Taking a firmly sprung motocross bike into gnarly trails always calls for caution. And it comes as little surprise that, at slower speeds, the Husqvarna was more inclined to deflect off square edges, roots and rocks than the other two bikes. And that can take its toll on your arse and hands and headspace after a few pounding hours in the saddle. That inherently firm ride at both ends does force you to slow down on choppy singletrack and/or ensure the bike is more upright when hitting a series of obstacles. But what surprised us all was how confidence-inspiring the Husky’s suspension began to feel when the bumps got even bigger in the afternoon. When confronted with waist-deep whoops that made the Sherco’s suspension wallow, the lightweight Husky came into its own. It let you charge much more aggressively without getting out of shape.
The harder you pushed the FC chassis towards the end of the event (when the track resembled a motocross track between trees), the better it felt.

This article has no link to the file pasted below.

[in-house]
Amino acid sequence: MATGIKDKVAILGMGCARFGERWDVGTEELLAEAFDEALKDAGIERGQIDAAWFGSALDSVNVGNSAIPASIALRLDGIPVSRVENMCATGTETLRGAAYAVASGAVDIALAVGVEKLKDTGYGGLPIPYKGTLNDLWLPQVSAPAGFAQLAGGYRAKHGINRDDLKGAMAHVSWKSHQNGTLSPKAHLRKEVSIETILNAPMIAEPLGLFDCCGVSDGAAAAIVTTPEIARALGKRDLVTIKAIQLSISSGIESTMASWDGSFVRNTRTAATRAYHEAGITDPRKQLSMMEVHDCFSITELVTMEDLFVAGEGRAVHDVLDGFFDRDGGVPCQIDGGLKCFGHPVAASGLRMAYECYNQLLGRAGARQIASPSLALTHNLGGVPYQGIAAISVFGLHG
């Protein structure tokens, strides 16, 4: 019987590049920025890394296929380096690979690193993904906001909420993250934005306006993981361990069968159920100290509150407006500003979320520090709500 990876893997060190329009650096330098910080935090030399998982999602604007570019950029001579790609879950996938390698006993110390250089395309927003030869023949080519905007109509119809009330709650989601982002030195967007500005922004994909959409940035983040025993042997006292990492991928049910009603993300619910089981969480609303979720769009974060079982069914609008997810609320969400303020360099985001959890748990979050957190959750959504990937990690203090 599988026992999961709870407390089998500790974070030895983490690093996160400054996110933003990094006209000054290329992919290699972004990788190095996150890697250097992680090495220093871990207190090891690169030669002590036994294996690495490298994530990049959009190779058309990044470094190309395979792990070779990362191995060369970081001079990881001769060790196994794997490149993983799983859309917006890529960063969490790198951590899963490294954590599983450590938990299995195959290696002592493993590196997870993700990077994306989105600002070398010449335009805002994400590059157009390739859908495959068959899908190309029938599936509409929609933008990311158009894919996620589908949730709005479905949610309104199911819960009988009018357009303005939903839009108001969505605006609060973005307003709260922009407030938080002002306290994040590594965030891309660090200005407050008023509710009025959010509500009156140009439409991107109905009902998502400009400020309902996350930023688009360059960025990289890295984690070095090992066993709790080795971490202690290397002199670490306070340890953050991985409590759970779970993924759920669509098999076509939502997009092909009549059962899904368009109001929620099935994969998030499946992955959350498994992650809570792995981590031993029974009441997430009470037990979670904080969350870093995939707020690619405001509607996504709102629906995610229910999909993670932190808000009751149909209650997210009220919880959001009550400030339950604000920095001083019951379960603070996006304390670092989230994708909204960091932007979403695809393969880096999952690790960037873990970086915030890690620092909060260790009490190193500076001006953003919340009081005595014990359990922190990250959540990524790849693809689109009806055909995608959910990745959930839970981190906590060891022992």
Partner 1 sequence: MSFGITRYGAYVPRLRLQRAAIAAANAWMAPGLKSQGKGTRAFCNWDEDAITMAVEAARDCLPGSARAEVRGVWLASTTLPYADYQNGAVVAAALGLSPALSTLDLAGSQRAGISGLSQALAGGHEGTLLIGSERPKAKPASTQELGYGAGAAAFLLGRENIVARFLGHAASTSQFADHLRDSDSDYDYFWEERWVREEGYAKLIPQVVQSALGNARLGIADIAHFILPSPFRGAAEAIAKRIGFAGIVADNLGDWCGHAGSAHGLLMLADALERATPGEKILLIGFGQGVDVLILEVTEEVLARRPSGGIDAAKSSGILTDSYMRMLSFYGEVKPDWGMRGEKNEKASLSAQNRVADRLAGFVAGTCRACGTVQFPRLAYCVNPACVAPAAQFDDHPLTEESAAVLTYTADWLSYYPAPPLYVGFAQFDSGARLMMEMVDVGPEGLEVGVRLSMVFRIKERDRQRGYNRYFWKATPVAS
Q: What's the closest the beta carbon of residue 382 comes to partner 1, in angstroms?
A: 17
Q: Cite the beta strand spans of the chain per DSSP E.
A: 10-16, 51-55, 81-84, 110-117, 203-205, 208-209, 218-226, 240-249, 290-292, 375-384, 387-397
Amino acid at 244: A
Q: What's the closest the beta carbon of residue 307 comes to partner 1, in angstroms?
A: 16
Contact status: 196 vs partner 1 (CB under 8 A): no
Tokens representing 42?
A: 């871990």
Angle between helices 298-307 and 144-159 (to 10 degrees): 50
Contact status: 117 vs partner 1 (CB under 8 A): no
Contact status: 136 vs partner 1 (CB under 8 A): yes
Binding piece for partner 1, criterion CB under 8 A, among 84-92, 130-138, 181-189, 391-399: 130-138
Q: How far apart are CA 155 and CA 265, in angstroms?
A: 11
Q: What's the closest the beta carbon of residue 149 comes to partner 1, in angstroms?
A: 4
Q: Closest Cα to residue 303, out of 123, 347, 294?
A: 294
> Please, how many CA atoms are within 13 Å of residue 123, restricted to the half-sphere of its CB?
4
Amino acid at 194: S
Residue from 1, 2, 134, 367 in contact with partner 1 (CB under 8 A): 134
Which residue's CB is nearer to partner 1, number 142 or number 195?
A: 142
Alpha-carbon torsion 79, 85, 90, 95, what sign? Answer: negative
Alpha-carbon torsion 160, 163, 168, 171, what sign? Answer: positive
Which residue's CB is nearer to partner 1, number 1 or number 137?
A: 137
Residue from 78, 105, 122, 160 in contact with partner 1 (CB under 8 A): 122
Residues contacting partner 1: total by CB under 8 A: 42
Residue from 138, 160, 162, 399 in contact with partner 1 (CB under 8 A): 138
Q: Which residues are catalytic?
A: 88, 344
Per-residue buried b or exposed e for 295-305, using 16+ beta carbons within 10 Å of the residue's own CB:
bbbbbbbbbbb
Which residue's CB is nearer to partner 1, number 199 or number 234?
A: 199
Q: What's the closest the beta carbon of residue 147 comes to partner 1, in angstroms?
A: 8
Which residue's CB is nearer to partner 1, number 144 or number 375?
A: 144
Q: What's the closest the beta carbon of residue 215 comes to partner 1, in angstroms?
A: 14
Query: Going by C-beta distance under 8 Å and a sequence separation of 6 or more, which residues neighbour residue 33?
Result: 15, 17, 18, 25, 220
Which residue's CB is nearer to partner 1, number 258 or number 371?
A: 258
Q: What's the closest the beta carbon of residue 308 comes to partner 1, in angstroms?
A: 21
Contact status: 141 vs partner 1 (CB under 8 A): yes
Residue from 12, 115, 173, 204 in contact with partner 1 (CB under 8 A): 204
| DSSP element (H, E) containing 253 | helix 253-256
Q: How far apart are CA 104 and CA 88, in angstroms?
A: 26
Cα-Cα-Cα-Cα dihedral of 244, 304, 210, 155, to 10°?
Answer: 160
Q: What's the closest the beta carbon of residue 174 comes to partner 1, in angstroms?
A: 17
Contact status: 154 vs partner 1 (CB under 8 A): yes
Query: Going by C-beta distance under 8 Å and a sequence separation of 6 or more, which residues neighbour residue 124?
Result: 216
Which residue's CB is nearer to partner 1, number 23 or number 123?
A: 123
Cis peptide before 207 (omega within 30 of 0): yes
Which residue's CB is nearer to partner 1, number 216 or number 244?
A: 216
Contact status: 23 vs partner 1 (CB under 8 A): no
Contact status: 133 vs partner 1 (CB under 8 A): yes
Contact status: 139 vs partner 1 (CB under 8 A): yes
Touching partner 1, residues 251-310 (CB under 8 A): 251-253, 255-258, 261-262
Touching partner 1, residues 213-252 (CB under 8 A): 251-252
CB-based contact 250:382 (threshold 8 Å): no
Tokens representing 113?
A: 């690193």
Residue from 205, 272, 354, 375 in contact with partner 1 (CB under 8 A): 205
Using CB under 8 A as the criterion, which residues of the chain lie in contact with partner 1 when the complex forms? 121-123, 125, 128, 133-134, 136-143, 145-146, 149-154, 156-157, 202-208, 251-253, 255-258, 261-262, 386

Given that the Yamaha uses the same fork and shock as the YZ450F, but comes with changes to springs and valving to adapt the suspension to off-road use, you’d expect its ride to be somewhere between the other two. And it is. The Yami’s Kayaba fork and shock are plush enough for the average sit-down punter to plod along at trail pace, and yet both ends will resist bottoming in the hands of a fast 90kg rider. That versatility could be put to really good use around the 12-Hour track, which dished up everything from chopped-out trail to whoops so big, it was better to jump than blitz them. In really tight terrain, it did surprise us all just how much bigger and heavier the Yamaha felt to flick from side to side – due in part to its beefier ergos and taller ‘shoulders’. But what the bikes gives you in return is amazing chassis stability and predictable steering at higher speeds.